Fractures in children generally heal relatively fast, but may take several weeks to heal.[1] Most growth plate fractures heal without any lasting effects.[1] Rarely, bridging bone may form across the fracture, causing stunted growth and/or curving.[1] In such cases, the bridging bone may need to be surgically removed.[1] A growth plate fracture may also stimulate growth, causing a longer bone than the corresponding bone on the other side.[1] Therefore, the American Academy of Orthopaedic Surgeons recommends regular follow-up for at least a year after a growth plate fracture.[1]

Additional images[edit]

See also[edit]


  1. ^ a b c d e f g "Growth Plate Fractures"., by the American Academy of Orthopaedic Surgeons. Retrieved February 5, 2018. Last Reviewed: October 2014
  2. ^ Cepela, Daniel J.; Tartaglione, Jason P.; Dooley, Timothy P.; Patel, Prerana N. (November 2016). "Classifications In Brief: Salter-Harris Classification of Pediatric Physeal Fractures". Clinical Orthopaedics and Related Research. 474 (11): 2531–2537. doi:10.1007/s11999-016-4891-3. ISSN 0009-921X. PMC 5052189. PMID 27206505.
  3. ^ a b Salter RB, Harris WR (1963). "Injuries Involving the Epiphyseal Plate". J Bone Joint Surg Am. 45 (3): 587–622. doi:10.2106/00004623-196345030-00019. Archived from the original on October 14, 2013. Retrieved October 13, 2013.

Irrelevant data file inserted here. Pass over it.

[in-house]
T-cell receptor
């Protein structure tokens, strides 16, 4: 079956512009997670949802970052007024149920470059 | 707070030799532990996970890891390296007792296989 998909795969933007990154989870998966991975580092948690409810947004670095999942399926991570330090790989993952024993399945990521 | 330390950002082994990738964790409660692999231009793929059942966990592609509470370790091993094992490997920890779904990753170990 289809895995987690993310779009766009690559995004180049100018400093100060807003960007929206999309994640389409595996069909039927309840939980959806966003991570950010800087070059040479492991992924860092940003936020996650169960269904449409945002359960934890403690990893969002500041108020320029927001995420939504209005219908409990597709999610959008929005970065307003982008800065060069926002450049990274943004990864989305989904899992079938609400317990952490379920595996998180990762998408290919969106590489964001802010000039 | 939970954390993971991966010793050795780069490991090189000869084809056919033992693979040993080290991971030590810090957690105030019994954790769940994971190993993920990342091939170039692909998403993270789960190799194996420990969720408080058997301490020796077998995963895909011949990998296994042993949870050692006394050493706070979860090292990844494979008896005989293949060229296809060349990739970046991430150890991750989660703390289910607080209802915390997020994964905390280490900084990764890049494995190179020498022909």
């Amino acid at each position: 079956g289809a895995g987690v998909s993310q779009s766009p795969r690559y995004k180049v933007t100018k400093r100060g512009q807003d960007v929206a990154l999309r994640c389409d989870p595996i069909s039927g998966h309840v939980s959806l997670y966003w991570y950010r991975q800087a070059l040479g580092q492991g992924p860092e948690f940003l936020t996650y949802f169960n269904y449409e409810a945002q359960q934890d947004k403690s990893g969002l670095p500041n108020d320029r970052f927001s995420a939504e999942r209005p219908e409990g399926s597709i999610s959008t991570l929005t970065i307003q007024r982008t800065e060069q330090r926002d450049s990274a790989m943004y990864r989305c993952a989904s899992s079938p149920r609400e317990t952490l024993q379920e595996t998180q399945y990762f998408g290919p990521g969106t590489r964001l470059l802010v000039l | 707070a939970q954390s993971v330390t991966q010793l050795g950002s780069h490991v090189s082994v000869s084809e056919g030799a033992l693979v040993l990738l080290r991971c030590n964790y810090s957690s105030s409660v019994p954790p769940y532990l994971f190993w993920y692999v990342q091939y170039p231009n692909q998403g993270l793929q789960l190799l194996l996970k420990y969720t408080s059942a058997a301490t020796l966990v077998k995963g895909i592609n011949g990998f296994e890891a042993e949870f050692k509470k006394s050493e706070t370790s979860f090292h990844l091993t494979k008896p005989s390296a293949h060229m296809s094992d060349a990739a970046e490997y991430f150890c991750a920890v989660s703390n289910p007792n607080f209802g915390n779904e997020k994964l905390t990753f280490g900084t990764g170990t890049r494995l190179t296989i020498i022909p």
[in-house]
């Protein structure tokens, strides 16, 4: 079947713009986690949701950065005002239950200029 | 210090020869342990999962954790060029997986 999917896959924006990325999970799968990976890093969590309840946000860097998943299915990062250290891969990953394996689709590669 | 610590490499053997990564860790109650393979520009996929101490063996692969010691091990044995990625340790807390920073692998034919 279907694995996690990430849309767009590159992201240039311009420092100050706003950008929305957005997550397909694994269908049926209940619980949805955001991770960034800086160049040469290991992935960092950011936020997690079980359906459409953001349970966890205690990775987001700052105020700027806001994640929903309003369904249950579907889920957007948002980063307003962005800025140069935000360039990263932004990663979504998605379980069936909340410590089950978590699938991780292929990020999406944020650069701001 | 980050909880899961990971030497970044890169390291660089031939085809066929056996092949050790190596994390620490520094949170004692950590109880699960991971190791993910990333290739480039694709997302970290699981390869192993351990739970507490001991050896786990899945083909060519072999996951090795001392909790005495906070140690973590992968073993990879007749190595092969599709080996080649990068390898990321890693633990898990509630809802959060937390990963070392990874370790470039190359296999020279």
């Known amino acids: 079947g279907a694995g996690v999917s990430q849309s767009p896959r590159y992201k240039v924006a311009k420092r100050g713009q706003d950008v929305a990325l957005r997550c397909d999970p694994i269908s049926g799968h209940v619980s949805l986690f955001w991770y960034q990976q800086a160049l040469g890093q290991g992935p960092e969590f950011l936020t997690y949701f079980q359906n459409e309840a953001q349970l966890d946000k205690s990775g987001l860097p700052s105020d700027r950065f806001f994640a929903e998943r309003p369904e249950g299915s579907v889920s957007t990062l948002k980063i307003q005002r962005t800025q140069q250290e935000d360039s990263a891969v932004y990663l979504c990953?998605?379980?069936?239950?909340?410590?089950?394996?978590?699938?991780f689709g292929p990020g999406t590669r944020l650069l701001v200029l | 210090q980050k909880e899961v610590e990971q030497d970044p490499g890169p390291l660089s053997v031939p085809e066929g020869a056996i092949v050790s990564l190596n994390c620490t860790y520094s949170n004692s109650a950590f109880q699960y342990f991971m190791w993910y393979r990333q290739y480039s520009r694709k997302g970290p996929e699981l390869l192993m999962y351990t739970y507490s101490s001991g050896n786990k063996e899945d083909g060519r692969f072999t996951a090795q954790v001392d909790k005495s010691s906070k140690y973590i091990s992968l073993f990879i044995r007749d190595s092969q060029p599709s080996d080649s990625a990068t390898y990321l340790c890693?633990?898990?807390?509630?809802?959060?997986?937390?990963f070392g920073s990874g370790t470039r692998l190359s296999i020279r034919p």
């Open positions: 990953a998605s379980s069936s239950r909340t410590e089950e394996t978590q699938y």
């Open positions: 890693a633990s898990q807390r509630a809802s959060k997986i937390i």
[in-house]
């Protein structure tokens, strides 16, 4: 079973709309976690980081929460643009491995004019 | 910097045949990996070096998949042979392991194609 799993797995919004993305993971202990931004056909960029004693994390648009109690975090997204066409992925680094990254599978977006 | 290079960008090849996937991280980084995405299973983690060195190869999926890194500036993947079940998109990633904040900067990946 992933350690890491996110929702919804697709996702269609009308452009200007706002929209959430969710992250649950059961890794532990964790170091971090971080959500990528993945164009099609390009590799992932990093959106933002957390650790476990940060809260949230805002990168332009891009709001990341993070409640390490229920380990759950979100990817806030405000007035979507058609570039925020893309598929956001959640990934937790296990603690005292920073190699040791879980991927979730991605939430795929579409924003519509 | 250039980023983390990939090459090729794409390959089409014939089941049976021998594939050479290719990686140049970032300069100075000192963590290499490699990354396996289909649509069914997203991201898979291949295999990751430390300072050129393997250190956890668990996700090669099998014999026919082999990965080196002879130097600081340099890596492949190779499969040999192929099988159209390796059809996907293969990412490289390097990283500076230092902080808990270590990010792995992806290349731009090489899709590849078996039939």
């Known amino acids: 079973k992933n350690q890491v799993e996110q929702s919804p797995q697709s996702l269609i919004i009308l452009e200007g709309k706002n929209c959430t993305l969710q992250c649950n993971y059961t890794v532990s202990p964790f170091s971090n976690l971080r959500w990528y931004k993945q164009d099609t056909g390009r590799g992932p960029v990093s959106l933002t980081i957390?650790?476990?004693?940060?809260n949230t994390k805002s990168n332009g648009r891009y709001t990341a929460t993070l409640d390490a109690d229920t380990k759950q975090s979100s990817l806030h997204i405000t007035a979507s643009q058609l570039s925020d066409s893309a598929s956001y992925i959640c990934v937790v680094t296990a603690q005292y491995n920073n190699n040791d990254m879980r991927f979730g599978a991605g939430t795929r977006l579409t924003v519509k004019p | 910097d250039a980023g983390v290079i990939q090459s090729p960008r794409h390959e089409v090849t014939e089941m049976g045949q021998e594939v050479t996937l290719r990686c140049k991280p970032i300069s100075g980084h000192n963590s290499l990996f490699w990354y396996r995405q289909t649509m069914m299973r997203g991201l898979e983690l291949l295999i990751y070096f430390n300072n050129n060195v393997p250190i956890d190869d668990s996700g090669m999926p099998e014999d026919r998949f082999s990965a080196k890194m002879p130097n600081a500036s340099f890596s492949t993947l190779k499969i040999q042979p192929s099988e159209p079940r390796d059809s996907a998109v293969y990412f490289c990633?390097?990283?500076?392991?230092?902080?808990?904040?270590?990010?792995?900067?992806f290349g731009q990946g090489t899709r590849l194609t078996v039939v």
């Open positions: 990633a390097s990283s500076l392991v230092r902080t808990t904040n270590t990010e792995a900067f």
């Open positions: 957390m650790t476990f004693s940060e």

4. ^ Daniel J. Cepela, Jason P. Tartaglione, Timothy P. Dooley and Prerana N. Patel. Classifications In Brief: Salter-Harris Classification of Pediatric Physeal Fractures. Clin Orthop Relat Res. 2016 Nov; 474(11): 2531–2537.
  5. ^ Salter-Harris Fracture Imaging at eMedicine
  6. ^ "S.H. Type I – Wheeless' Textbook of Orthopaedics". September 13, 2011. Retrieved August 27, 2013.
  7. ^ "S.H. Type II – Wheeless' Textbook of Orthopaedics". September 13, 2011. Retrieved August 27, 2013.
  8. ^ Mirghasemi, Alireza; Mohamadi, Amin; Ara, Ali Majles; Gabaran, Narges Rahimi; Sadat, Mir Mostafa (November 2009). "Completely displaced S-1/S-2 growth plate fracture in an adolescent: case report and review of literature". Journal of Orthopaedic Trauma. 23 (10): 734–738. doi:10.1097/BOT.0b013e3181a23d8b. ISSN 1531-2291. PMID 19858983.
  9. ^ "Salter Harris Type III Frx – Wheeless' Textbook of Orthopaedics". September 13, 2011. Retrieved August 27, 2013.
  10. ^ "Salter Harris: Type IV – Wheeless' Textbook of Orthopaedics". September 13, 2011. Retrieved August 27, 2013.
  11. ^ "Type V – Wheeless' Textbook of Orthopaedics". September 13, 2011. Retrieved August 27, 2013.
  12. ^ Rang, Mercer, ed. (1968). The Growth Plate and Its Disorders. Harcourt Brace/Churchill Livingstone. ISBN 978-0-443-00568-8.
  13. ^ Ogden, John A. (October 1, 1982). "Skeletal Growth Mechanism Injury Patterns". Journal of Pediatric Orthopaedics. 2 (4): 371–377. doi:10.1097/01241398-198210000-00004. PMID 7142386.
  14. ^ Davis, Ryan (2006). Blueprints Radiology. ISBN 9781405104609. Retrieved March 3, 2008.
  15. ^ "Salter-Harris Fractures". OrthoConsult. February 5, 2017. Retrieved February 5, 2017.
  16. ^ Tidey, Brian. "Salter-Harris Fractures". Retrieved March 3, 2008.

External links[edit]

External resources